What really struck me was a single member of the ensemble. This was a young woman of about 14 (her age was later confirmed). When the ensemble was singing and dancing, she most often occupied a position immediately left of whichever principal was featured in the number. She did not need the propitious positioning to be noticed. It is difficult to remember any performer who exhibited more focus, energy, concentration, and presence than this teenager. I later learned that several other audience members had a similar response.

In every number, she was fully engaged, focused, and performing with an energy that is seldom equaled. And she did it number after number. So rare is this type of performance that I found myself waiting for her next stage appearance and concentrating on her more than the principals. If there was music playing, she was channeling it with her whole body whether she was singing or not. When there was no music, she slipped convincingly into whatever character she was playing at the time.

Some would say that the director should have asked her to tone it down. I have to disagree. Given that she was working with professionals, the director should have asked those professionals to step up their game. This was not a case of “the kid was cute;” this was a case of the kid was superlative.

Why take the time to write about an ensemble member I do not know in a children’s show that has already closed? Because what she did was exactly what we who teach want actors to do: exist in the moment, completely focused on the role, hitting the stage with outstanding presence, and performing with unflagging, almost preternatural energy.

A more important question is why this teenager exhibited these characteristics and other same-aged members of the ensemble with the same teachers did not. My guess is that she not only listened to her teachers, but somehow had the internal mental and emotional mechanisms to put it all together.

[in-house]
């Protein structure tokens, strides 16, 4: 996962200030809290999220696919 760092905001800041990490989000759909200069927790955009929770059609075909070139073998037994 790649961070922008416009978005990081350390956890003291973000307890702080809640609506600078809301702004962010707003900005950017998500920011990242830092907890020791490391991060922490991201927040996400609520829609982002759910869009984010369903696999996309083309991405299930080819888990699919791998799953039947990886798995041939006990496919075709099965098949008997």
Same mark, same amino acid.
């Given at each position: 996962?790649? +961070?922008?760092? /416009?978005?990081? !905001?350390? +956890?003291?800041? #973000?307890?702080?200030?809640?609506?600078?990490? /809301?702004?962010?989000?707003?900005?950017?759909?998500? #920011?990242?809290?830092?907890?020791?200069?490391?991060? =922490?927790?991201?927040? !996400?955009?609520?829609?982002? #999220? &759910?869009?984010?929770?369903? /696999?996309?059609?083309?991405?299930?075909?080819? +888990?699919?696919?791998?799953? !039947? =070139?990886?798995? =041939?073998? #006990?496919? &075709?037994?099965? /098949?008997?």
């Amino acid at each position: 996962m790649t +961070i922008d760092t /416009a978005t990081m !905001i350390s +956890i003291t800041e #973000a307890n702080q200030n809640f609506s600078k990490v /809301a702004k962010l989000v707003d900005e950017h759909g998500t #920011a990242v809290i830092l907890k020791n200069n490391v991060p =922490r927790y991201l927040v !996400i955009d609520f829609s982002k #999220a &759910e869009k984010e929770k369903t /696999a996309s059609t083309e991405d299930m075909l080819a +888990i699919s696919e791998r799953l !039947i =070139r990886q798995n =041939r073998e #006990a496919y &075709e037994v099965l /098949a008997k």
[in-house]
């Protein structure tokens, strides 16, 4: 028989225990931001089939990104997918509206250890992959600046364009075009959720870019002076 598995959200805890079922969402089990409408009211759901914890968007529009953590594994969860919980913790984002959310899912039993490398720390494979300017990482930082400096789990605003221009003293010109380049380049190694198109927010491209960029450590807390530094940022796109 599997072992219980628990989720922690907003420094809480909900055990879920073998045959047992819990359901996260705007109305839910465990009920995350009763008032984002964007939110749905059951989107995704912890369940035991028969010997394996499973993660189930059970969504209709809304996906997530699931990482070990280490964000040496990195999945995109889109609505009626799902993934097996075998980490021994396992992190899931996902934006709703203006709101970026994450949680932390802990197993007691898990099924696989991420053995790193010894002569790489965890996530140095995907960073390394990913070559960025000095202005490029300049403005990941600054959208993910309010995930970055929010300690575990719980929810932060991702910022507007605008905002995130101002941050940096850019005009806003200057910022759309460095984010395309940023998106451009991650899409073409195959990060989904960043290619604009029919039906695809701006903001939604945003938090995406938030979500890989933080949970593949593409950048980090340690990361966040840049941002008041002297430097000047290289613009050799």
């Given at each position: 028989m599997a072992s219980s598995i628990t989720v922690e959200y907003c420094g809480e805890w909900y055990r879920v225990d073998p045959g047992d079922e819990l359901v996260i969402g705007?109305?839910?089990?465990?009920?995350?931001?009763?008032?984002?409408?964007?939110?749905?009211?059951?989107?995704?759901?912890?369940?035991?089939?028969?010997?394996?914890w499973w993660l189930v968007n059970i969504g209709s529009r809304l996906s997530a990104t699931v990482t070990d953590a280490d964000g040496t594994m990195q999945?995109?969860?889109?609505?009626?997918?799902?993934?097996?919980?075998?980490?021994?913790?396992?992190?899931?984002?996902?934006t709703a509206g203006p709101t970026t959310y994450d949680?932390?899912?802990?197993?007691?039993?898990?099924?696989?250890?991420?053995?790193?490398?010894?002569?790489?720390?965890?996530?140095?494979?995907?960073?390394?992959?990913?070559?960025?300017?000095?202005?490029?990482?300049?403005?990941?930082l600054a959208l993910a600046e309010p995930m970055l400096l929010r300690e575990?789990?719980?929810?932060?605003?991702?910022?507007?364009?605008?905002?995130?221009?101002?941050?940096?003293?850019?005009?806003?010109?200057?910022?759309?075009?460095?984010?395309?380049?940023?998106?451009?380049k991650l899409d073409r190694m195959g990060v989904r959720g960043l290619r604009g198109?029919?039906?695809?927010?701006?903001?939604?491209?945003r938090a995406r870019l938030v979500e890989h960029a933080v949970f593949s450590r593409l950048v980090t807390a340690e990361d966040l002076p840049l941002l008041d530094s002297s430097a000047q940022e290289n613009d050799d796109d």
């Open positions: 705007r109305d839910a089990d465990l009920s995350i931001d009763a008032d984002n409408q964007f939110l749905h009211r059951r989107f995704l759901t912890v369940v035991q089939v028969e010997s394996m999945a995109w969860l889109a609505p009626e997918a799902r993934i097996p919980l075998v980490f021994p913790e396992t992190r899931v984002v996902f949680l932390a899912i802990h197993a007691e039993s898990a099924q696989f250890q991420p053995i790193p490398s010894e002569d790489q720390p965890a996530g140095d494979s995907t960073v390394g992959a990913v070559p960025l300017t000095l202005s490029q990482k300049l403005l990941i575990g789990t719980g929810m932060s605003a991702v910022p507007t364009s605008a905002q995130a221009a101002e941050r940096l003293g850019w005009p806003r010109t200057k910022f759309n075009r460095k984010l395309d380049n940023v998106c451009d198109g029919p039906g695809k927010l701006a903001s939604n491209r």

That is the part that nobody I know knows exactly how to teach. We all say essentially the same things about concentration, focus, energy, presence, mindfulness and the necessity of these qualities. We provide exercises and methodologies. But only one in 50 (if that many) will put it all together. Those are the ones who get the work. Those are the ones who, when they are on stage, we must watch.

These are difficult qualities to instill in students. One wonders if we just haven’t yet figured out how to teach our students how put it all together, or if it is inborn and we just help develop it. My suspicion is that it is a combination of several factors: the instructor’s ability to clearly explain these difficult concepts coupled with the students’ ability to absorb information and the individual student’s mental, emotional, spiritual makeup, plus all those other factors, unique to each student, that determine the level of the student’s commitment and his/her willingness to implement new ideas.

Whether I have an acting class or not, this subject occupies my thoughts frequently. If you have any related thoughts you would like to share, I would certainly appreciate hearing them.